Indulgence and Purgatory

by Jahnabi Barooah

Over the past couple of days, the internet was abuzz over the latest pronouncement from the Vatican. ‘Vatican offers ‘time off purgatory’ to followers of Pope Francis tweets,” the Guardian reported. “Pope now offering indulgences in exchange for Twitter followers,” opined Slate. “Follow the Pope on Twitter and spend less time in purgatory, says Vatican,” the Verge announced. If only it were so easy to atone for sins! Unfortunately, this is just another case of the media getting a story about the Catholic Church wrong.

The Rev. James Martin, SJ has responded to the lamentable headlines on CNN’s ‘Belief blog’ writing, “Sorry, retweeting the pope won’t get you out of hell.” It’s a great column, and I encourage you to read it. I do wish he had gone into greater detail about the Catholic teachings on purgatory and indulgences. A brief search for “purgatory” and “indulgence” on Facebook and Twitter indicates that there is a lot of misinformation about the terms among non-Catholics, and even among some Catholics. Hopefully, this blog post will help to alleviate some of that confusion.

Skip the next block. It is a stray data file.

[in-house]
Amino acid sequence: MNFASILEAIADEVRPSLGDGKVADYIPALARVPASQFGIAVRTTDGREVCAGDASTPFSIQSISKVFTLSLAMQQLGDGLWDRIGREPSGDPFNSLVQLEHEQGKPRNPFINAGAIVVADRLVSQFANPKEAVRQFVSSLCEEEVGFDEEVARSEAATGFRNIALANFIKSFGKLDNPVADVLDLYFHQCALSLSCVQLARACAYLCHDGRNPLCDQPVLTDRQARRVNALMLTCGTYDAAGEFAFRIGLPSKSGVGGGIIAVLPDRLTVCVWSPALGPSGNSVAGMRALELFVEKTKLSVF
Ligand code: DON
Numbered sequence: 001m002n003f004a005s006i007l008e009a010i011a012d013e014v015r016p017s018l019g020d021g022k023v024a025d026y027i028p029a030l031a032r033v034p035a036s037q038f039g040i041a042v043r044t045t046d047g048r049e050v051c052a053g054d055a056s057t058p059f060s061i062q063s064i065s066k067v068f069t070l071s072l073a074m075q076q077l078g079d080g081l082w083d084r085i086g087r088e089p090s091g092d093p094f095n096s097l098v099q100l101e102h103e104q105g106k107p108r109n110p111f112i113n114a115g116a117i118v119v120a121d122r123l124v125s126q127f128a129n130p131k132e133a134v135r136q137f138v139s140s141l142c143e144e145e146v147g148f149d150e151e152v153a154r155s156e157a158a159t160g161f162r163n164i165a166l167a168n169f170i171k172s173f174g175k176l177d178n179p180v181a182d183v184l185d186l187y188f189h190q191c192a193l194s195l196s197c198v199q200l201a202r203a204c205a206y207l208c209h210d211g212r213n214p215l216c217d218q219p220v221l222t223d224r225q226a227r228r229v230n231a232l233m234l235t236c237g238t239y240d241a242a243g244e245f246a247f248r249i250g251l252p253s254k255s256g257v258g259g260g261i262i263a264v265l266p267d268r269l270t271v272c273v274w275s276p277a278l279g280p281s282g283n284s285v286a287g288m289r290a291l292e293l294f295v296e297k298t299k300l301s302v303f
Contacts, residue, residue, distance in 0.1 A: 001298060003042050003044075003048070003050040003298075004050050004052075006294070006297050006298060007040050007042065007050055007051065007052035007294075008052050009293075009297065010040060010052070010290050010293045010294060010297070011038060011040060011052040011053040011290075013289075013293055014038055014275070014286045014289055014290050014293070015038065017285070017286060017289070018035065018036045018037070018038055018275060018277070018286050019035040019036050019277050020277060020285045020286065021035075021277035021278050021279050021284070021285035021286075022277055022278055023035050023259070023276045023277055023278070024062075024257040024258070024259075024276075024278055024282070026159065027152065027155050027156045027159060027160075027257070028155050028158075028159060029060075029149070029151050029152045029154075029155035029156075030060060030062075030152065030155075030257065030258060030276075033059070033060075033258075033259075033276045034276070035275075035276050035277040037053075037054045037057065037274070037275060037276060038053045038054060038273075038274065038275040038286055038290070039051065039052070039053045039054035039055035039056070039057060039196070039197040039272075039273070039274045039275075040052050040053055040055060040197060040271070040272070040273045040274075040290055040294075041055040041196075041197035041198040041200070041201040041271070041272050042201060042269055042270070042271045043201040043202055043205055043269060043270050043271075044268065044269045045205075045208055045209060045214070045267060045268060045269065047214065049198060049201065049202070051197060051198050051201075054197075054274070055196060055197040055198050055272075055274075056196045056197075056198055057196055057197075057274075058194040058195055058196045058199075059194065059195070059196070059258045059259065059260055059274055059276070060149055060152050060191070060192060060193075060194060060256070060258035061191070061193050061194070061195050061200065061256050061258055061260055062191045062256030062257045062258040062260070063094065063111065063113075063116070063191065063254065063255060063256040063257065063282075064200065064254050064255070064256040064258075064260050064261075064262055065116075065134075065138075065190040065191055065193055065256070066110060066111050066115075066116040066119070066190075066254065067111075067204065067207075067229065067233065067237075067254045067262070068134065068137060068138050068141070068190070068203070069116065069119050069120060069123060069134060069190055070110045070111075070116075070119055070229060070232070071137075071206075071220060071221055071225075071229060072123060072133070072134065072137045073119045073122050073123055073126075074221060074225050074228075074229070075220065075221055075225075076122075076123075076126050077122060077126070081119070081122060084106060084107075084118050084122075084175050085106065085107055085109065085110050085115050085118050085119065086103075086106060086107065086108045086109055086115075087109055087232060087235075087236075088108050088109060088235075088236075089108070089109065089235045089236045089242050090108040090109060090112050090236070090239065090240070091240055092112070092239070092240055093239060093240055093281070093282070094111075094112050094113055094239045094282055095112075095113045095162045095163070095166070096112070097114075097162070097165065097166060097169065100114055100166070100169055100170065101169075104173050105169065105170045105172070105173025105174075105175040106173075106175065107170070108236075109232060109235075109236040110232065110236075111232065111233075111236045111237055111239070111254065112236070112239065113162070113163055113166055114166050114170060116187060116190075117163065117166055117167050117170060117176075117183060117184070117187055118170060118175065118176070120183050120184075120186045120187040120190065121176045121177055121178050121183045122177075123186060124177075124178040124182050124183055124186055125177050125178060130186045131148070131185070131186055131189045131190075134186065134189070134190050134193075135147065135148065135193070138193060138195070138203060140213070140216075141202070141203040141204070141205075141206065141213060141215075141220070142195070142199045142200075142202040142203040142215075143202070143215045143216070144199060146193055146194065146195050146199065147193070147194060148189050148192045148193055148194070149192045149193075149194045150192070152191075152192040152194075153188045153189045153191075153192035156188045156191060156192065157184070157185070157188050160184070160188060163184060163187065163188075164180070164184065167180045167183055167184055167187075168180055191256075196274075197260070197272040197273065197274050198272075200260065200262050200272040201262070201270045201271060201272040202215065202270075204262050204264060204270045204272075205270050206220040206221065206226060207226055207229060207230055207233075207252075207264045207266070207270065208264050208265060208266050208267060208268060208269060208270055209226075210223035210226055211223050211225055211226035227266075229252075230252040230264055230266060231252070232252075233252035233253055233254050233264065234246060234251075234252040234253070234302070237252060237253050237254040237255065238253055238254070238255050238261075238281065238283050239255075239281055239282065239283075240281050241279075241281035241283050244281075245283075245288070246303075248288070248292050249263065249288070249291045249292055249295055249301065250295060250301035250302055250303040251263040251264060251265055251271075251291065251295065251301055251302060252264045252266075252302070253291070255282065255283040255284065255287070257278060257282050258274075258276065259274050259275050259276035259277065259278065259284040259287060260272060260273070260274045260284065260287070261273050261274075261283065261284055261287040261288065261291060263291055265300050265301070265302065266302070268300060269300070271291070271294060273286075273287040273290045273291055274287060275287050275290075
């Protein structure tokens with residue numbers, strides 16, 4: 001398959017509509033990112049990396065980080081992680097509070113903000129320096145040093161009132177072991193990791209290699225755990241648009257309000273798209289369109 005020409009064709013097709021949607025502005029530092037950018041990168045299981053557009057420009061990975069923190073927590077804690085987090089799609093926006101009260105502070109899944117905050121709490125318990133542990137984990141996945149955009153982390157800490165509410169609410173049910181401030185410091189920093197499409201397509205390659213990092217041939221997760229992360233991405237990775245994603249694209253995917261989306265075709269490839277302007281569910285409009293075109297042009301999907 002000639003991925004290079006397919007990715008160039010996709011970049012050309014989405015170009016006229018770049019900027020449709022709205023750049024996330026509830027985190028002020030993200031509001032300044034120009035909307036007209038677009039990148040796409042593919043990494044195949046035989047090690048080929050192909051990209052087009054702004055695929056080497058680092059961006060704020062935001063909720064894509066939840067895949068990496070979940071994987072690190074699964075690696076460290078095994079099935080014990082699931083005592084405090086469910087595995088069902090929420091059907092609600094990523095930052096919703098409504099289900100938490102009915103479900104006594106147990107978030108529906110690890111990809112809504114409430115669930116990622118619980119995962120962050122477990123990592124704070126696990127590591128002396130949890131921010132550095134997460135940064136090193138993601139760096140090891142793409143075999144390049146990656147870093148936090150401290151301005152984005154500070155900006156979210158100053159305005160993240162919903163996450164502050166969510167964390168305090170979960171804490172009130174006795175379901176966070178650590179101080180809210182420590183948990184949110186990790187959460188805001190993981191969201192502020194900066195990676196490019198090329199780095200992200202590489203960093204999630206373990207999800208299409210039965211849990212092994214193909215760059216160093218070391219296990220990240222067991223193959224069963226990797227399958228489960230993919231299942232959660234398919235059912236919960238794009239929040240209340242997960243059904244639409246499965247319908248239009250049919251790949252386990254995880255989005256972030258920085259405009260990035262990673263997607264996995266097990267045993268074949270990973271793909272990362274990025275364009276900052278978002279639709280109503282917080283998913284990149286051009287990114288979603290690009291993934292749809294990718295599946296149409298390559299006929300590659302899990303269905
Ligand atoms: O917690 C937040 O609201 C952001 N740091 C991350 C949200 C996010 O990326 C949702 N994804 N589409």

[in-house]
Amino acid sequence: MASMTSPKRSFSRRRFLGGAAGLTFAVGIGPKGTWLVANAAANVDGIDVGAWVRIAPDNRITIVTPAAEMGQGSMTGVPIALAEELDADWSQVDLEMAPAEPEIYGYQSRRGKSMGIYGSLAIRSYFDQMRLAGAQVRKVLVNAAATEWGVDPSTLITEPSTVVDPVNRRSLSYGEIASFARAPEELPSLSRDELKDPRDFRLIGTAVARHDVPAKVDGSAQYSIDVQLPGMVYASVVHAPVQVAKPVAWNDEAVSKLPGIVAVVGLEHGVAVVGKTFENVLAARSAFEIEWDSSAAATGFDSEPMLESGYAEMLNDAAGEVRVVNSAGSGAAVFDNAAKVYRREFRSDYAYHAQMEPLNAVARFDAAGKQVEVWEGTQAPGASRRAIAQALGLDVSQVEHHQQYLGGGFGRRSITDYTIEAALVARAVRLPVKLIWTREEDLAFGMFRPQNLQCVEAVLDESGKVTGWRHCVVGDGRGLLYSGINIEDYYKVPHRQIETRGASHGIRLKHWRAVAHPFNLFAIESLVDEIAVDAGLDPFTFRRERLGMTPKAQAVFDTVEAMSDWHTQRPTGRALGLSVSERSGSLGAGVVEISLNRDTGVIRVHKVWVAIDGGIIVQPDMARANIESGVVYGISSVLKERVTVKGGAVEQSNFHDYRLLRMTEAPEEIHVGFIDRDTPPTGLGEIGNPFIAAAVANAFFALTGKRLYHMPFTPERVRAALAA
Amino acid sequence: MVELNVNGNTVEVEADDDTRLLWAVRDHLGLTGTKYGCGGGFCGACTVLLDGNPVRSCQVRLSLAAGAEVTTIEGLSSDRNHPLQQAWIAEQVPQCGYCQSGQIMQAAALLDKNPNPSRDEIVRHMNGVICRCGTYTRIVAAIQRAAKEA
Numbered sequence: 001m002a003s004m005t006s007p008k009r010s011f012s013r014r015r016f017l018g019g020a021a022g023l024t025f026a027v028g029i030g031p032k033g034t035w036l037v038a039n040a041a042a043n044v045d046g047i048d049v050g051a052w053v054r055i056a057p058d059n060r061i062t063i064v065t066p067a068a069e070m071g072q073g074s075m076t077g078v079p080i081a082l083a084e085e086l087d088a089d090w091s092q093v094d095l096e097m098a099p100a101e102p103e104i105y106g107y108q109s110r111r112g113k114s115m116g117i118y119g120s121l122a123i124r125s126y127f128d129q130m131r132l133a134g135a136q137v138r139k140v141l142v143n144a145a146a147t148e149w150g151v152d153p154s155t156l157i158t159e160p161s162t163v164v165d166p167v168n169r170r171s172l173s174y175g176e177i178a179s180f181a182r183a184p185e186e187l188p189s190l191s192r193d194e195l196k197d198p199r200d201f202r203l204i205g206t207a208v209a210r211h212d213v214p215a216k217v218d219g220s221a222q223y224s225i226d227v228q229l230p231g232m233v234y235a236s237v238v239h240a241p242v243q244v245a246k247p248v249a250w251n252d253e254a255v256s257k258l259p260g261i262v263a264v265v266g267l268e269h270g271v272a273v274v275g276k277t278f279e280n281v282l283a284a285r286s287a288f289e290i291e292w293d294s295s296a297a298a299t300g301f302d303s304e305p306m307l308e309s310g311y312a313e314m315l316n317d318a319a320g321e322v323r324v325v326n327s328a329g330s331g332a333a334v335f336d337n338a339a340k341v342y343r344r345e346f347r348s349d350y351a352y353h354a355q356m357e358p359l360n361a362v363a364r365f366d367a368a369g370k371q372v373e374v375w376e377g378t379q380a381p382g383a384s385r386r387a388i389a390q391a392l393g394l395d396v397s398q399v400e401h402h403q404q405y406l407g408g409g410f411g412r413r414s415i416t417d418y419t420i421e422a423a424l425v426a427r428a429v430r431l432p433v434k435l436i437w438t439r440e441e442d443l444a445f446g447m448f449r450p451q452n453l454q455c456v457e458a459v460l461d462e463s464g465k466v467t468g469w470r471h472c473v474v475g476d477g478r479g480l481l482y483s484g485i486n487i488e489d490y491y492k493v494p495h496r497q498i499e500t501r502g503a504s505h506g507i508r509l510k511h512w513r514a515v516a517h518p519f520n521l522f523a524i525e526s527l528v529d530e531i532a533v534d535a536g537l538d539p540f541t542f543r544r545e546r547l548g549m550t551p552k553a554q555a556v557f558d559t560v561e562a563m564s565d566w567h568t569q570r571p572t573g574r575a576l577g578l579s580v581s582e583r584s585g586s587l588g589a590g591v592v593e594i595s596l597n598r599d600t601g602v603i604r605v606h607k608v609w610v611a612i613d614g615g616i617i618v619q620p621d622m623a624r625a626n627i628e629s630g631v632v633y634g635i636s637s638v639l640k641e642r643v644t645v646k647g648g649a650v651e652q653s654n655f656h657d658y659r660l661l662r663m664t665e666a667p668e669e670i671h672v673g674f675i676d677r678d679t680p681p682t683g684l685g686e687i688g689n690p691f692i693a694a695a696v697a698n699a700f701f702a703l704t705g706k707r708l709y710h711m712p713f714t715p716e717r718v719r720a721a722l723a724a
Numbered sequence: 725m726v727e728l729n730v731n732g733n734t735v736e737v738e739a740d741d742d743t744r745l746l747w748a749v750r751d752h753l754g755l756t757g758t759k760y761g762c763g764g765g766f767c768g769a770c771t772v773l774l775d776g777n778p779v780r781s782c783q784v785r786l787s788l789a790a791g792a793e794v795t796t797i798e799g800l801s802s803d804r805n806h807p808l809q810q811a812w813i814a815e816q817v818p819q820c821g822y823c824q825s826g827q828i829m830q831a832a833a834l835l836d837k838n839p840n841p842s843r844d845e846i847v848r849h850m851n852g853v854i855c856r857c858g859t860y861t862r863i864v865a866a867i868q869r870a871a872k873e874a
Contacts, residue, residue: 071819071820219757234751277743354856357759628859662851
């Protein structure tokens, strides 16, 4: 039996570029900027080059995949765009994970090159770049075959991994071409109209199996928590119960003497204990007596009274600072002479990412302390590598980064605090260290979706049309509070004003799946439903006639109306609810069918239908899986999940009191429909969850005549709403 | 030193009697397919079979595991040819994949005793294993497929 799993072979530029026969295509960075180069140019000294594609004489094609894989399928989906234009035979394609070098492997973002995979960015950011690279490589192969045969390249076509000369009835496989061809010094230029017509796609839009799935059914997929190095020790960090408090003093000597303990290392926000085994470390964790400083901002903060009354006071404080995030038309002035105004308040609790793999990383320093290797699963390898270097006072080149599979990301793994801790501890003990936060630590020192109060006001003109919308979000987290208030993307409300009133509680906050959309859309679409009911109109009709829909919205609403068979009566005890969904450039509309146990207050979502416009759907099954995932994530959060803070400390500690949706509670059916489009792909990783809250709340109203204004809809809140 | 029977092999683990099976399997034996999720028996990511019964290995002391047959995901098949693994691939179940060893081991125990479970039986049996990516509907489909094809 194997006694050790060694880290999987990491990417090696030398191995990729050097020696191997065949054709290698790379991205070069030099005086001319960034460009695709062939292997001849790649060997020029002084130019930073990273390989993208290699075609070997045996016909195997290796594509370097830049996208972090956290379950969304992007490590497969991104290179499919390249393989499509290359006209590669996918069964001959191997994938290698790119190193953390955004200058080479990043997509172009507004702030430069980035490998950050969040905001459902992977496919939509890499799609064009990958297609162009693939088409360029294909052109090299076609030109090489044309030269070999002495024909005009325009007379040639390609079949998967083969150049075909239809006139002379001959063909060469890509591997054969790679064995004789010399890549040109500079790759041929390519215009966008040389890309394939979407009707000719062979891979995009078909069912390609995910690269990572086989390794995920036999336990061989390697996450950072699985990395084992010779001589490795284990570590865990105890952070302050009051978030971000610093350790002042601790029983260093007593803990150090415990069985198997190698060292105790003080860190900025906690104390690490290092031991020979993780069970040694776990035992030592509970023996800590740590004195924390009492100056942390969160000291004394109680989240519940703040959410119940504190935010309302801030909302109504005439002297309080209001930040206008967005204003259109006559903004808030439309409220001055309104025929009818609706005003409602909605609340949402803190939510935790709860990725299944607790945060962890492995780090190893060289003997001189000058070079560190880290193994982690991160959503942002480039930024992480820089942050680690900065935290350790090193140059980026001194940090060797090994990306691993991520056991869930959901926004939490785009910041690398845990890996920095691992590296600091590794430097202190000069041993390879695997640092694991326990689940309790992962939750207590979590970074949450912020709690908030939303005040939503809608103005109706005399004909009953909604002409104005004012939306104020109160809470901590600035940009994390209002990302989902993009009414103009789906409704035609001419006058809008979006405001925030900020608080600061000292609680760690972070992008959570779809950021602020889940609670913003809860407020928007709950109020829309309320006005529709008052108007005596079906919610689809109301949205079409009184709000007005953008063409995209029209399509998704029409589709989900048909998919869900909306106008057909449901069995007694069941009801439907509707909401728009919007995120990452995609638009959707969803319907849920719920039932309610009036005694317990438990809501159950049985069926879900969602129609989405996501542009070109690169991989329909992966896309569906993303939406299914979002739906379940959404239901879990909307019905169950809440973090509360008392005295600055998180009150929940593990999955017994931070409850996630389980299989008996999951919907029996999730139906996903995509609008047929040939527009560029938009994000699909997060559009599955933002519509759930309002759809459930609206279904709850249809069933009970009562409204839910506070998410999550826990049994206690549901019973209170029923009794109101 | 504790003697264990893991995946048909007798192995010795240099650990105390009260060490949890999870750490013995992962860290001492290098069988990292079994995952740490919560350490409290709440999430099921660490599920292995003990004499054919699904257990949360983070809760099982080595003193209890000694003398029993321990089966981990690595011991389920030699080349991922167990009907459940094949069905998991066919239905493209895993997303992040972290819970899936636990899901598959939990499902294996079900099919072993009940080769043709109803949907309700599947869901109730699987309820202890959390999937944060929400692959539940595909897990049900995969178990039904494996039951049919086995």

(Disclaimer: I write this neither as a form of Catholic apologetics, nor as a Catholic but as a student of religion with a special interest in Catholicism.)

Earthly life, purgatory, heaven and hell explained

Here is a crude diagram explaining heaven, hell and purgatory.

To understand indulgence and purgatory, we have to begin with sin — understood here as personal sinful acts not the state of original sin — and its effects. The Catechism of the Catholic Church (CCC) defines sin as “an offense against reason, truth and right conscience; it is failure in genuine love for God and neighbor caused by a perverse attachment to certain goods.” (CCC 1849) St. Augustine understood sin to be disordered love, which he defined as “love of oneself even to contempt of God.” (City of God 14:28) In layman’s terms, it means putting oneself and one’s desires before God and neighbor. The Catholic Church categorizes sin into two kinds, mortal and venial, based on its effects. A mortal sin is one which “turn[s] man away from God,” destroys charity — the source of the good in one’s heart — and if unrepented for (in Confession) and unforgiven in life, makes communion with God (or ‘heaven’) impossible. (CCC 1855) A venial sin is one which wounds charity in the heart but does not destroy it. If one doesn’t repent for venial sins in life, it is possible to be expiated of them after death in … purgatory.